Home > Reviews > SCREAM 3 – Marco Beltrami

SCREAM 3 – Marco Beltrami

February 4, 2000 Leave a comment Go to comments

scream3Original Review by Jonathan Broxton

It’s one of Hollywood’s greatest ironies that Scream 3, the final instalment of Wes Craven’s self-aware horror trilogy, has slowly become that which the first instalment spent so much time lampooning. With overly elaborate death scenes, characters who do stupid things at the wrong time, and a killer who just won’t lay down and die, the word of mouth on Scream 3 prior to it’s European release has not been good. The surviving cast members – dim-witted deputy David Arquette, spunky reporter Courtney Cox and troubled teenager Neve Campbell – have this time been joined by genre stalwart Lance Henriksen and fresh faces Parker Posey, Emily Mortimer, Matt Keeslar and Jenny McCarthy in a film which – are you ready for this? – takes place on the set of a film recounting the events of the second film’s film-within-a-film, which was itself based on the events of the FIRST film. Oh, my head hurts.

Also returning to lend his not inconsiderable talent is composer Marco Beltrami, who has slowly been carving out a niche for himself as the horror composer of the late nineties. Of today’s young film music composers, Beltrami is one of the few whose output has been of consistent high quality, Although much of his work has been confined to the horror and thriller genres (Scream, Mimic, The Faculty, The Minus Man), he has also been actively pursuing work outside the confines of this arena, with scores such as 54 and the Emmy-nominated David & Lisa. This is very much to Beltrami’s benefit, as horror typecasting can be a difficult mantle to shake off, but even so – it does no harm to keep your foot in the proverbial door.

His work on Scream 3 is in keeping with the first two scores, but fans will be delighted to find over half an hour’s worth of original music on Varèse’s CD, giving the true reflection that their earlier Scream/Scream 2 compilation did not. The score makes use of a large orchestra mixed in with Beltrami’s familiar modernistic electronics, and several fraught action cues (‘Cotton Gets Picked’, ‘Doppelgailer’, ‘Ghost Attacks’, ‘All In The Family’, ‘Last Call’) immediately capture the attention with their whooping brasses, savage strings and furious dissonance. The whimsical guitar theme for Dewey makes an appearance in ‘Dewey Mobile’, although it is almost totally obscured by host of Psycho-style strings, while the ultra-contemporary Woodsboro theme that opened the entire series gets a brief rendition in ‘On The Set’. Rounding things off is the bittersweet choral theme that acts as a leitmotif for the pivotal character of Sidney, the soothing performances of which in ‘Home Sweet Home’, ‘Piéd a Terror’ and ‘Sid Wears A Dress’ are a welcome respite from all the carnage.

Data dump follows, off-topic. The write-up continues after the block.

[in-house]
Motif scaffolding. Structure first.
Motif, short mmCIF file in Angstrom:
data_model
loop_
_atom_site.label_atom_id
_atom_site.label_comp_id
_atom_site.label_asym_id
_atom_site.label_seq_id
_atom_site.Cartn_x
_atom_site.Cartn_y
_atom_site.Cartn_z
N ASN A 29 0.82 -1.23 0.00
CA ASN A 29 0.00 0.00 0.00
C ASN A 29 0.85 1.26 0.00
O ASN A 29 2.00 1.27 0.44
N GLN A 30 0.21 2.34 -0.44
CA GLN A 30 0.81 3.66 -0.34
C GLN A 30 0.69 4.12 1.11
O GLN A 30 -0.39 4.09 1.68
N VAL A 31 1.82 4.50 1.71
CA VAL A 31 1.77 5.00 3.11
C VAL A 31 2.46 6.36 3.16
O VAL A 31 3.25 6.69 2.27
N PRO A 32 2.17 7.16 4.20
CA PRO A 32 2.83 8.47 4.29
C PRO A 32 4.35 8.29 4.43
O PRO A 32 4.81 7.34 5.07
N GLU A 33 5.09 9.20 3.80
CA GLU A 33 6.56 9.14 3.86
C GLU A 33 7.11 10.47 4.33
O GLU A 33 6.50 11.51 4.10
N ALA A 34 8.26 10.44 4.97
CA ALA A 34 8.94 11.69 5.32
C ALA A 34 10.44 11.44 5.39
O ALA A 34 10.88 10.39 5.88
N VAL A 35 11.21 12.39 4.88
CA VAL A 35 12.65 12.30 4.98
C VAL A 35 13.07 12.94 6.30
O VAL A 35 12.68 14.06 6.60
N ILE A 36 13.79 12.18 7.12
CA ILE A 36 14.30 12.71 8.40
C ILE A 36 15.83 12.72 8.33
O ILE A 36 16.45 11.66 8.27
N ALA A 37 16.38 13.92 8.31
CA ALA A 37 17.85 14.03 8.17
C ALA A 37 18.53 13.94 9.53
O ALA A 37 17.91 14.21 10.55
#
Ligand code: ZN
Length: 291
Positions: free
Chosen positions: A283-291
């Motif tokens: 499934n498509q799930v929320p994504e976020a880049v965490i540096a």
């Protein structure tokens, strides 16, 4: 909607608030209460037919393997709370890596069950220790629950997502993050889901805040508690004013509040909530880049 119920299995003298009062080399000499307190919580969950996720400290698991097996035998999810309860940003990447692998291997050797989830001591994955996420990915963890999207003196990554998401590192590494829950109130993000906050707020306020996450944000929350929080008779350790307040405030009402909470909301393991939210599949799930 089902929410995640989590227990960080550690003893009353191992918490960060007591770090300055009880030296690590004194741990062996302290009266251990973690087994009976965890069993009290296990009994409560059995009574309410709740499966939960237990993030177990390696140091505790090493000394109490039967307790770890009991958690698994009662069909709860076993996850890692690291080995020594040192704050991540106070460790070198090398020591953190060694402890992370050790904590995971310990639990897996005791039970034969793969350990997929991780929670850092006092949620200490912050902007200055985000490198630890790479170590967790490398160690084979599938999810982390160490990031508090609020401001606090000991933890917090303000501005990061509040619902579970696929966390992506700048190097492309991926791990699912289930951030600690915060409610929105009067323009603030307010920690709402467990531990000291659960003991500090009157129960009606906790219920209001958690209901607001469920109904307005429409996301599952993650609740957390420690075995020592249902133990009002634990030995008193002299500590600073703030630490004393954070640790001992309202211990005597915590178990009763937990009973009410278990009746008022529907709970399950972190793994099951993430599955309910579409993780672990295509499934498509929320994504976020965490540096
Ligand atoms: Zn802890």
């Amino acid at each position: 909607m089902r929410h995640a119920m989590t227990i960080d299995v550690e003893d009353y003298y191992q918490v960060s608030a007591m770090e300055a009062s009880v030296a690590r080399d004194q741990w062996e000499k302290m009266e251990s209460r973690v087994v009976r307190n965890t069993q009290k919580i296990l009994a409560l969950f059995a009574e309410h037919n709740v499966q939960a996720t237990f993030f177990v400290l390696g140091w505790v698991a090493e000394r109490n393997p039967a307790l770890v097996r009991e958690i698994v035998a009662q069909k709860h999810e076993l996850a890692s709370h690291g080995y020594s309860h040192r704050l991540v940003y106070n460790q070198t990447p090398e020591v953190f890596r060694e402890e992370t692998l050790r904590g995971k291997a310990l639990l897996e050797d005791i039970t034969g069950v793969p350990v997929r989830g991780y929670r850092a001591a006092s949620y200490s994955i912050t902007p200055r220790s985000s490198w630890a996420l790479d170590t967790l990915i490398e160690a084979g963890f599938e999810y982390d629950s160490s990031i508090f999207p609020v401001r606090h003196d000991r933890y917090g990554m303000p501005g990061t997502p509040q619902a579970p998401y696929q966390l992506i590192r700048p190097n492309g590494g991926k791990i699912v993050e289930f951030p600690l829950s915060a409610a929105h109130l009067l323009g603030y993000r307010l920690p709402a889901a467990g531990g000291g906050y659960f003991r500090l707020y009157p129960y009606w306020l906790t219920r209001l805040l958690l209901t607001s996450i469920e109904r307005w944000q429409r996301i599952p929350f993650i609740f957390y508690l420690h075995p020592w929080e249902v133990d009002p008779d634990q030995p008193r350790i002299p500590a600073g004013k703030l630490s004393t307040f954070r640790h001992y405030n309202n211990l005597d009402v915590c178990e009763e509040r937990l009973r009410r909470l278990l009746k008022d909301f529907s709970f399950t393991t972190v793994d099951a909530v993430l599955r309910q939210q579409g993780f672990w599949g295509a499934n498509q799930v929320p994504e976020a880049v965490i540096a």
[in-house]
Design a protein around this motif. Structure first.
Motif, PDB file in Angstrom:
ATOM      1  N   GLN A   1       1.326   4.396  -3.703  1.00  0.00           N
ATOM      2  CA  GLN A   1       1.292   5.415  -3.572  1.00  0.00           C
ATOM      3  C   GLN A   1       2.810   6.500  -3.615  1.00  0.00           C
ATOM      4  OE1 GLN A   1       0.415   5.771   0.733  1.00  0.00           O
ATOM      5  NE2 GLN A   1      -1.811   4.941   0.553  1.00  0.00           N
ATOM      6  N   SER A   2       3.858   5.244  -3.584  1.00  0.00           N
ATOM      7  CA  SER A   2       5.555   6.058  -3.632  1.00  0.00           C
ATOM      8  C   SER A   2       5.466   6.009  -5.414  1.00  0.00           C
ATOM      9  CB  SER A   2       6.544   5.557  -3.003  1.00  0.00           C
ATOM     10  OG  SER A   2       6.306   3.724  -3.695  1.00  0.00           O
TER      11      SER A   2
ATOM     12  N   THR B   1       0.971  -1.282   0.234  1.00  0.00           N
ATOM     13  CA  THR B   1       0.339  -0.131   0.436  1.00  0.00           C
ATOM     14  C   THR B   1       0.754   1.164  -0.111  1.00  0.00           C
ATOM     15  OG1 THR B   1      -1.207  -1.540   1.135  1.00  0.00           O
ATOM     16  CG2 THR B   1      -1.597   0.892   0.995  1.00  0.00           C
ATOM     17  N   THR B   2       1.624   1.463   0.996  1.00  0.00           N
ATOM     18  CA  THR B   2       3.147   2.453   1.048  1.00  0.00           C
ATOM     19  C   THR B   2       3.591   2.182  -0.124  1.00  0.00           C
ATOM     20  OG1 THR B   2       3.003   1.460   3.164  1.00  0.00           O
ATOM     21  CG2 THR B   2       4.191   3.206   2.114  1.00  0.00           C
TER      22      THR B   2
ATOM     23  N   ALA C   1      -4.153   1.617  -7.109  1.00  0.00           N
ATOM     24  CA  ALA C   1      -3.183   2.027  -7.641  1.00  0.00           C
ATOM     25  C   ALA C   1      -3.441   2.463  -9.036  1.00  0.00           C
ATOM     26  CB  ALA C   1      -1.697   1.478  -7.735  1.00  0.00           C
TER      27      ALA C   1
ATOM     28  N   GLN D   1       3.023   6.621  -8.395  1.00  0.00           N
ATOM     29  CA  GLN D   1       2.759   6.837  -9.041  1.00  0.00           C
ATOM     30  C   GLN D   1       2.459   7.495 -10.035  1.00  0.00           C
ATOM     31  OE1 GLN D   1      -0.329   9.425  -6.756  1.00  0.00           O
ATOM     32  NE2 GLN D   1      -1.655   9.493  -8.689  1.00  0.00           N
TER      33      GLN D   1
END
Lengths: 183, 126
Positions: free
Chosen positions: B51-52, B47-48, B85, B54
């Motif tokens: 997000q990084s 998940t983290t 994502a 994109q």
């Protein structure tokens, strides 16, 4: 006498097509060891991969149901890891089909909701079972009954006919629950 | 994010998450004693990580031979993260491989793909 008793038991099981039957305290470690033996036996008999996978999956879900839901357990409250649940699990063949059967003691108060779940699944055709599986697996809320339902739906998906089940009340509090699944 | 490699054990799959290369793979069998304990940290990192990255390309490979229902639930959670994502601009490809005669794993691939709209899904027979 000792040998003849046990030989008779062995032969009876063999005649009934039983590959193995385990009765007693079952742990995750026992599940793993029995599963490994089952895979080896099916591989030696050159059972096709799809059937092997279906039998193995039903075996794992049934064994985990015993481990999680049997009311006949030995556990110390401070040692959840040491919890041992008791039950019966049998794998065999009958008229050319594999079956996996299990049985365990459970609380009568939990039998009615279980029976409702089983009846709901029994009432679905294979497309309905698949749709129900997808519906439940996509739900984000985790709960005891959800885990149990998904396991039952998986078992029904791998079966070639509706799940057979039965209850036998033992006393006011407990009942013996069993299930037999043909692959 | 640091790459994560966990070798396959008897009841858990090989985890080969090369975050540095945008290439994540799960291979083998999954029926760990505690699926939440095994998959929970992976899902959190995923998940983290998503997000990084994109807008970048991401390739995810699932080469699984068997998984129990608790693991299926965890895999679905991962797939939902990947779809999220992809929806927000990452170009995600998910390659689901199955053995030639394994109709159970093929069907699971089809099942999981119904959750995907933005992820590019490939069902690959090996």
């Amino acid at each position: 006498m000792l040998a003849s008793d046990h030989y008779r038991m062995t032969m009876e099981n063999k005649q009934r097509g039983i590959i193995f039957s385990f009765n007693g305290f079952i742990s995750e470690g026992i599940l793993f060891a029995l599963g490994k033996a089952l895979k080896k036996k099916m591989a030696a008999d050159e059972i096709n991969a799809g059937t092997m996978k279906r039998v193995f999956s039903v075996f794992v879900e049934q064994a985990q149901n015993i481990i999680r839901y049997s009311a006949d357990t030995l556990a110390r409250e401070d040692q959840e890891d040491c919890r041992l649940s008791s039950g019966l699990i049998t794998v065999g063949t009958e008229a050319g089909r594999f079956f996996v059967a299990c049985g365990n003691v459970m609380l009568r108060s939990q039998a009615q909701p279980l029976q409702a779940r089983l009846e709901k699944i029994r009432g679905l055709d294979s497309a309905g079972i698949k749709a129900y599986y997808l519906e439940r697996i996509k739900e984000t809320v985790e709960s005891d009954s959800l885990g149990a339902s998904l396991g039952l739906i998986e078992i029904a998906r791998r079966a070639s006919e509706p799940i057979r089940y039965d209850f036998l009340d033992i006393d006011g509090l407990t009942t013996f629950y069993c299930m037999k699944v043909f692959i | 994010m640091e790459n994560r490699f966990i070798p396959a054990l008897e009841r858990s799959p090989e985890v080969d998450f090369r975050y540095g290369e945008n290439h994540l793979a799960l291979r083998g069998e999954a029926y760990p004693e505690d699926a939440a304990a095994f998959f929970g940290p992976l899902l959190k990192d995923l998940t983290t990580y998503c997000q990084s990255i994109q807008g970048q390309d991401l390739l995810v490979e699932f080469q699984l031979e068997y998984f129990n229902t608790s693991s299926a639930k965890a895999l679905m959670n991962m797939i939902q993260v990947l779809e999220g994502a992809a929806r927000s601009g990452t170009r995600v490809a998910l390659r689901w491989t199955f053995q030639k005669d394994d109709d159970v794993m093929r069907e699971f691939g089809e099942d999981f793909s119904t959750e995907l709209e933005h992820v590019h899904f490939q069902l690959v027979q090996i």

One small thing that intrigued me was the fact that Beltrami used seven orchestrators while writing this score: Pete Anthony, Bill Boston, Jon Kull, Kevin Kliesch, Frank Bennett, Kevin Manthei and Jeff Atmajian. What the reasons for this are, I really have no idea. Usually, this level of support is only needed when composers are asked to come on board at extremely short notice, and as a result are subject to enormous time pressures to get the job done. As far as I know, Beltrami was attached to Scream 3 from the word go, so unless he was asked to re-write some of the music by Wes Craven, I wouldn’t have thought he would have needed them. This, if course, is merely speculation on my part. Overall, this is a much more satisfying listen than any of the previous Scream incarnations, mainly because its length allows the listener to appreciate the full scope of Beltrami’s efforts. The excitement of the violent stalk-and-kill cues and the shock-jump ferocity is nicely balanced with the more reflective moments, resulting in a well-rounded, highly enjoyable album that more than does justice to the film it represents.

Rating: ****

Track Listing:

  • Here We Go Again (0:44)
  • Cotton Gets Picked (2:20)
  • Dopplegailer (1:28)
  • On the Set (0:49)
  • Home Sweet Home (2:03)
  • Comparing Photos (1:23)
  • Mother’s Watching (1:52)
  • Dewey Mobile (1:08)
  • At the Station (1:53)
  • Ghost Attacks (3:22)
  • The Fall Girl (0:48)
  • Roman Around (0:50)
  • All In The Family (0:35)
  • Piéd a Terror (1:45)
  • Sunset Pictures (1:46)
  • Last Call (3:19)
  • Gail Force (0:55)
  • Stone Cold (0:31)
  • Sid Wears A Dress (2:38)
  • Sid’s Theme (Reprise) (0:49)

Running Time: 35 minutes 54 seconds

Varèse Sarabande VSD-6116 (2000)

Music composed by Marco Beltrami. Conducted by Marco Beltrami and Pete Anthony. Orchestrations by Pete Anthony, Bill Boston, Jon Kull, Kevin Kliesch, Frank Bennett, Marco Beltrami, Kevin Manthei and Jeff Atmajian. Includes extracts from “Red Right Hand 2” written by Nick Cave, Mick Harvey and Thomas Wydler. Recorded and mixed by John Kurlander. Edited by Adam Kay, Bill Abbott and Denise Okimoto. Mastered by Erick Labson. Album produced by Marco Beltrami.

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